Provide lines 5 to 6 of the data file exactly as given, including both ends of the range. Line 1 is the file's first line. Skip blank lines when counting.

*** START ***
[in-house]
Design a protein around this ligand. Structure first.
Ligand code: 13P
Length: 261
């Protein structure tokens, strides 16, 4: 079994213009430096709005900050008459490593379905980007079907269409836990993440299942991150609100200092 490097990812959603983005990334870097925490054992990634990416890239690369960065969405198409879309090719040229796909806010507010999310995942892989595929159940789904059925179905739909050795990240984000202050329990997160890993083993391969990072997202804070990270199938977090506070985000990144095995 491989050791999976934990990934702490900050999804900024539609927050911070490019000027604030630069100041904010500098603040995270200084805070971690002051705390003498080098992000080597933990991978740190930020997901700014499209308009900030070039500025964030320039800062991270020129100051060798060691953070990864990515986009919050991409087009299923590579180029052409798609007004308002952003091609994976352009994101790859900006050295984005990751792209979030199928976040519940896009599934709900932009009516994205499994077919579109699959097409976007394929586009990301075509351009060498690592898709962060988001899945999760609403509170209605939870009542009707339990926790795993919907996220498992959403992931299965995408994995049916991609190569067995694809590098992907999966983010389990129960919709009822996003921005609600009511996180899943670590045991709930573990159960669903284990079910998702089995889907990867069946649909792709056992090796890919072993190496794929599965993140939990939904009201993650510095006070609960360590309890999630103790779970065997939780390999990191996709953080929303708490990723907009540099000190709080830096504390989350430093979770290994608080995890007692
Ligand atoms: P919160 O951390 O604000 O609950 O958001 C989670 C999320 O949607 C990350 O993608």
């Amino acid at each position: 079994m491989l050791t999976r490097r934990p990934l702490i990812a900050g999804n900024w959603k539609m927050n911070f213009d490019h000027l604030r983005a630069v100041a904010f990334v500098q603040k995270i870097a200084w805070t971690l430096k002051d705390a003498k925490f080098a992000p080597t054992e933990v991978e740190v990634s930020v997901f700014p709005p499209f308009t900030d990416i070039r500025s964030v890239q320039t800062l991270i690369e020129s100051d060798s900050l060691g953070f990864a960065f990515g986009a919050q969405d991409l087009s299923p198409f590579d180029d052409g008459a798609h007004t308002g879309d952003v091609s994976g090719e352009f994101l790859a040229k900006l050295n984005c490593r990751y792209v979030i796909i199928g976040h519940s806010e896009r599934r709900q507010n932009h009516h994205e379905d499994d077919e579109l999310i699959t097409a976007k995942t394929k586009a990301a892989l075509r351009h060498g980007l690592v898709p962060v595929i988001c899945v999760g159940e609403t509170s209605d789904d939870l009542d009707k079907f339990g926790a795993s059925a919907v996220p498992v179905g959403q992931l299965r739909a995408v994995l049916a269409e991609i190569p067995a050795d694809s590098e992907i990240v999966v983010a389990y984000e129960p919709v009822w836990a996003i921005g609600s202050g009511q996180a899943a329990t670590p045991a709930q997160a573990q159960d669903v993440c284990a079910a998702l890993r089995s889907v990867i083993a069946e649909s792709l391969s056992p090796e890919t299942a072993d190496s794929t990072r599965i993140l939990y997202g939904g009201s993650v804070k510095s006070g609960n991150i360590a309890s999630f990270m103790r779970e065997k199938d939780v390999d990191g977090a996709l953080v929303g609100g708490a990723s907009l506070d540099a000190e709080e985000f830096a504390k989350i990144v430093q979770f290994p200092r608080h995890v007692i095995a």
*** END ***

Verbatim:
């Protein structure tokens, strides 16, 4: 079994213009430096709005900050008459490593379905980007079907269409836990993440299942991150609100200092 490097990812959603983005990334870097925490054992990634990416890239690369960065969405198409879309090719040229796909806010507010999310995942892989595929159940789904059925179905739909050795990240984000202050329990997160890993083993391969990072997202804070990270199938977090506070985000990144095995 491989050791999976934990990934702490900050999804900024539609927050911070490019000027604030630069100041904010500098603040995270200084805070971690002051705390003498080098992000080597933990991978740190930020997901700014499209308009900030070039500025964030320039800062991270020129100051060798060691953070990864990515986009919050991409087009299923590579180029052409798609007004308002952003091609994976352009994101790859900006050295984005990751792209979030199928976040519940896009599934709900932009009516994205499994077919579109699959097409976007394929586009990301075509351009060498690592898709962060988001899945999760609403509170209605939870009542009707339990926790795993919907996220498992959403992931299965995408994995049916991609190569067995694809590098992907999966983010389990129960919709009822996003921005609600009511996180899943670590045991709930573990159960669903284990079910998702089995889907990867069946649909792709056992090796890919072993190496794929599965993140939990939904009201993650510095006070609960360590309890999630103790779970065997939780390999990191996709953080929303708490990723907009540099000190709080830096504390989350430093979770290994608080995890007692
Ligand atoms: P919160 O951390 O604000 O609950 O958001 C989670 C999320 O949607 C990350 O993608």